Two different approaches can be used in experiments with the Mini-Ultimatum Game. A simple experiment involving only the Mini-Ultimatum Game (which is Treatment 4 below) will reveal deviations from the economic man model that are consistent with fear and negative reciprocity. A more complicated experiment involving the Mini-Ultimatum Game and two dictator control games (Treatments 5 and 6 below) discriminates between fear and altruism and between negative reciprocity and inequality aversion.
Treatments
Treatment 4. Mini-Ultimatum Game
The two players’ payoffs are given by (f, s), where the left number f is the first mover’s payoff and the right number s is the second mover’s payoff. The first mover can choose between Take and Share. If the first mover chooses Take then the second mover can choose between Tolerate, with payoffs (16, 4), and Punish, with payoffs (0, 0). If the first mover chooses Share then the second mover can choose between Accept, with payoffs (10, 10), and Reject, with payoffs (0, 0). (In the game tree below and in the game tree in the EFG software for this game, the first mover’s payoff f is the top number and the second mover’s payoff s is the bottom number.)
Here is a configuration file for an experiment with this Mini-Ultimatum Game.
The more elaborate design that discriminates between fear and altruism and between negative reciprocity and altruism can be implemented with an experiment that includes Treatment 4 (above) and Treatments 5 and 6 (described below). Here is a configuration file for Treatments 4, 5, and 6.
Treatment 5. First Mover Dictator Control for the Mini-Ultimatum Game
The two players’ payoffs are given by (d, n), where the left number d is the dictator’s (“first mover’s”) payoff and the right number n is the non-mover’s payoff. The dictator can choose between “Take,” with payoffs (16, 4), and “Share,” with payoffs (10, 10). (In the game tree below and in the game tree in the EFG software for this game, the dictator’s payoff d is the top number and the non-mover’s payoff n is the bottom number.)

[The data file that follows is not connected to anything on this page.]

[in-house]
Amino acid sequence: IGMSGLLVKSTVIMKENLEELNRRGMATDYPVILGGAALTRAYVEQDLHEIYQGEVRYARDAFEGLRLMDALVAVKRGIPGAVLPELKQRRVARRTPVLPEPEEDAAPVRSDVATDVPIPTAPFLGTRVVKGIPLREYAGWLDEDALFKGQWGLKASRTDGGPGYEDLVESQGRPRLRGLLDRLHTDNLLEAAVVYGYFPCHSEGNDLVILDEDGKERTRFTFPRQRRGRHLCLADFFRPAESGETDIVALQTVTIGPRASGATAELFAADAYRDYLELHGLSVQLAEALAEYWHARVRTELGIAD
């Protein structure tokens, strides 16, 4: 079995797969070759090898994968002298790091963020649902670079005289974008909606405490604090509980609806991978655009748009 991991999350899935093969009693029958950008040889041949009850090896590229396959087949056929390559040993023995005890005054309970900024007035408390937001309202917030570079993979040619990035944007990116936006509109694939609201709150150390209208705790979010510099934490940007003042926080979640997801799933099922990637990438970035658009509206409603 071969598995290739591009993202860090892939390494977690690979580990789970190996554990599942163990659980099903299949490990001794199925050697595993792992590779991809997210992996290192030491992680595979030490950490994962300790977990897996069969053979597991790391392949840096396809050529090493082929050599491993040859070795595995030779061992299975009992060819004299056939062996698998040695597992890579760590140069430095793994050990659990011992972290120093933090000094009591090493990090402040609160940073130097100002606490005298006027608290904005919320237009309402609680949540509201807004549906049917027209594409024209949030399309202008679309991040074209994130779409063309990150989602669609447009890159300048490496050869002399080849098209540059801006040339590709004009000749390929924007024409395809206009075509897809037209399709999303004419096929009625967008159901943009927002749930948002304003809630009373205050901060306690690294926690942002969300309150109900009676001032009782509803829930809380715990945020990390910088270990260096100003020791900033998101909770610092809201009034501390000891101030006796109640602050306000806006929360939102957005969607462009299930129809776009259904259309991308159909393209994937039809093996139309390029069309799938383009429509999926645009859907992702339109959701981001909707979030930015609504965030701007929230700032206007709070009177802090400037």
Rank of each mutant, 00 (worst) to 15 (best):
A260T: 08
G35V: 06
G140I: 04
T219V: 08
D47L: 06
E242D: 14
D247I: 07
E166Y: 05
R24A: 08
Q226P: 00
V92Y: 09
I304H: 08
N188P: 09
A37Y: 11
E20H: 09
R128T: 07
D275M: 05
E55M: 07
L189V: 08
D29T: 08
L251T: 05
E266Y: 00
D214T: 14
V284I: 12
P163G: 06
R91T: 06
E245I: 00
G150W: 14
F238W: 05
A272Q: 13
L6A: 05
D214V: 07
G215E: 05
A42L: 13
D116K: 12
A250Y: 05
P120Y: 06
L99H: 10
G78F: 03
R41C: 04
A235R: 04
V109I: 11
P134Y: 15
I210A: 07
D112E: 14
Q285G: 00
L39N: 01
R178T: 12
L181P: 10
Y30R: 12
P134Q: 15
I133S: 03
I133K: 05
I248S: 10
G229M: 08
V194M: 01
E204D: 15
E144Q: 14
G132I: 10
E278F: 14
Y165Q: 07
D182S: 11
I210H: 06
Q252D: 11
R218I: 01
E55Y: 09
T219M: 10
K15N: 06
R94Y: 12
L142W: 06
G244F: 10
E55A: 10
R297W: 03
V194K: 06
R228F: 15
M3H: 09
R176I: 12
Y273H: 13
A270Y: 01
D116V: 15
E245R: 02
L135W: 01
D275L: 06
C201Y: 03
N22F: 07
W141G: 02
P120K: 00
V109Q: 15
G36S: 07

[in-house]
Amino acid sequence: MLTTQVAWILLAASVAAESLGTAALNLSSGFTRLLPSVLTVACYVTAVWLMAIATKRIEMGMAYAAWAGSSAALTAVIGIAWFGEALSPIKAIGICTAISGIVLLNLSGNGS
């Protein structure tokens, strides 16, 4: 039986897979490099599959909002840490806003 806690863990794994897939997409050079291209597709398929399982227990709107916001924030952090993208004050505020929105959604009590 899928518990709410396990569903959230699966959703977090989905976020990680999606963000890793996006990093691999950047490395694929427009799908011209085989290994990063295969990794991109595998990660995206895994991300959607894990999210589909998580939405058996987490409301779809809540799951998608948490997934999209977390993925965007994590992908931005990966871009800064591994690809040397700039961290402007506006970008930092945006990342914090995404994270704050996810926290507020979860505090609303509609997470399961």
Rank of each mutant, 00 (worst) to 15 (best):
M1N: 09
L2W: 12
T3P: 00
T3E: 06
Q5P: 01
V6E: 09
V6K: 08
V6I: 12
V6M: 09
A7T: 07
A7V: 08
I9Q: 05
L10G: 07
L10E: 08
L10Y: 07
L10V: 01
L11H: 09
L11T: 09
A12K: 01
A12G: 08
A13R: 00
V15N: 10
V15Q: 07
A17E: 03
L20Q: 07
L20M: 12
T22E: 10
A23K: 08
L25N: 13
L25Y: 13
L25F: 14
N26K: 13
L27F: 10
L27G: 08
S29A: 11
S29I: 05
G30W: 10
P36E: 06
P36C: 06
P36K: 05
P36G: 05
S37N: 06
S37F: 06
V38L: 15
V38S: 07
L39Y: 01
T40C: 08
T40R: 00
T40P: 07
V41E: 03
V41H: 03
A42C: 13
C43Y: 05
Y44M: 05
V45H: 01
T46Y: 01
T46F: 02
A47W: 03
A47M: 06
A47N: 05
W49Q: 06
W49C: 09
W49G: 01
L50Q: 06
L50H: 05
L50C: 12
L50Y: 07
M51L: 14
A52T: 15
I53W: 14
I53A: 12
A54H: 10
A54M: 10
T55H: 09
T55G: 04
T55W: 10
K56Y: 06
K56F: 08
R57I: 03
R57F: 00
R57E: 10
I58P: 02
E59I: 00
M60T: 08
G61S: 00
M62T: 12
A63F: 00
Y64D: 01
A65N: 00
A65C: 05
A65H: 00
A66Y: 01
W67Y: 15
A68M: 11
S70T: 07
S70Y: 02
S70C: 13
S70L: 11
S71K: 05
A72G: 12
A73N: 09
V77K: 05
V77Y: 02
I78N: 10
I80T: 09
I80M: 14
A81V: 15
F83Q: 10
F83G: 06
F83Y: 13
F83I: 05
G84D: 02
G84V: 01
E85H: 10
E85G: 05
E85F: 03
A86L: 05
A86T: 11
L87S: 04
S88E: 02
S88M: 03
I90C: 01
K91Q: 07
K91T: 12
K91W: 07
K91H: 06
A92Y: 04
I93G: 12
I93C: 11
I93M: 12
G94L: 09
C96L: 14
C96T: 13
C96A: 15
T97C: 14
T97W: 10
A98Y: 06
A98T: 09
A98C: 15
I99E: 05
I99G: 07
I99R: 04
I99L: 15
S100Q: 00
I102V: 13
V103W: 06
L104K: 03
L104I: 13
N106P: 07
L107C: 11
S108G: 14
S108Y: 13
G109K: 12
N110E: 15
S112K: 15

Treatment 6. Second Mover Dictator Control for the Mini-Ultimatum Game
The two players’ payoffs are given by (n, d), where the left number n is the non-mover’s payoff and the right number d is the dictator’s (“second mover’s”) payoff. The dictator can choose between “Tolerate,” with payoffs (16, 4), and “Punish,” with payoffs (0, 0). (In the game tree below and in the game tree in the EFG software for this game, the non-mover’s payoff n is the topnumber and the dictator’s payoff d is the bottom number.)
Discussion
- First movers in the Mini-Ultimatum game will split into somewhat unequal size groups of those who choose Take and those who choose Share.
- Between 75% and 90% of the dictators in the first mover dictator control for the Mini-Ultimatum game will choose “Take.”
- Between 5% and 20% of the dictators in the second mover dictator control for the Mini-Ultimatum game will choose “Punish.”
Treatment 4 data
- The homo economicus model predicts: (a) all first movers will choose Take because they only care about their own material payoffs (hence prefer 16 to 10 and 10 to 0) and know second movers have the same type of preferences; and (b) all second movers will choose Tolerate because they only care about their own payoffs (hence prefer 4 to 0).
- Straightforward display of the data reveals actual play of the game by the participants.
Treatment 4 and 5 data
- A natural interpretation of the choice made by a first mover who chooses Share is that the first mover is exhibiting a taste for fairness. But how do we know that the first mover does not actually prefer (16, 4) to (10, 10)? Instead of revealing a taste for fairness by choosing Share, the first mover may be revealing fear that the second mover may punish choice of Take by choosing the outcome (0, 0). Together, Treatments 4 and 5 permit us to address this question. If someone chooses Share in Treatment 4 (the Mini-Ultimatum game) and Take in Treatment 5 (the dictator game) then we can conclude that in Treatment 4 he/she exhibited fear (that the second mover would exhibit negative reciprocity by choosing (0, 0)). If, instead, the first mover chooses Share in both treatments then we can conclude that he/she has altruistic preferences (or, a taste for fairness).
- Straightforward display of the data for both treatments shows how many participants are known to have exhibited fear and how many are know to have exhibited altruism.
Treatment 4 and 6 data
- A natural interpretation of the choice made by a second mover who chooses Punish in the Mini-Ultimatum game is that the second mover is exhibiting negative reciprocity. But how do we know that the second mover prefers (16, 4) to (0, 0)? If the second mover has inequality-averse preferences such that (0, 0) is preferred to (16, 4) then the choice of Punish in the Mini-Ultimatum game does not reveal negative reciprocity. Together, Treatments 4 and 6 permit us to address this question. If second mover chooses Punish in Treatment 4 (the Mini-Ultimatum game) and “Tolerate” in Treatment 6 (the dictator game) then we can conclude that in Treatment 4 he/she exhibited negative reciprocity (he/she chose the outcome that would be dispreferred in the absence of a social norm for negative reciprocity). In contrast, if a second mover chooses Punish in both treatments then he/she is revealing inequality-averse preferences.
- Straightforward display of the data for both treatments shows how many participants are known to have exhibited negative reciprocity.
Treatment 4. Mini-Ultimatum Game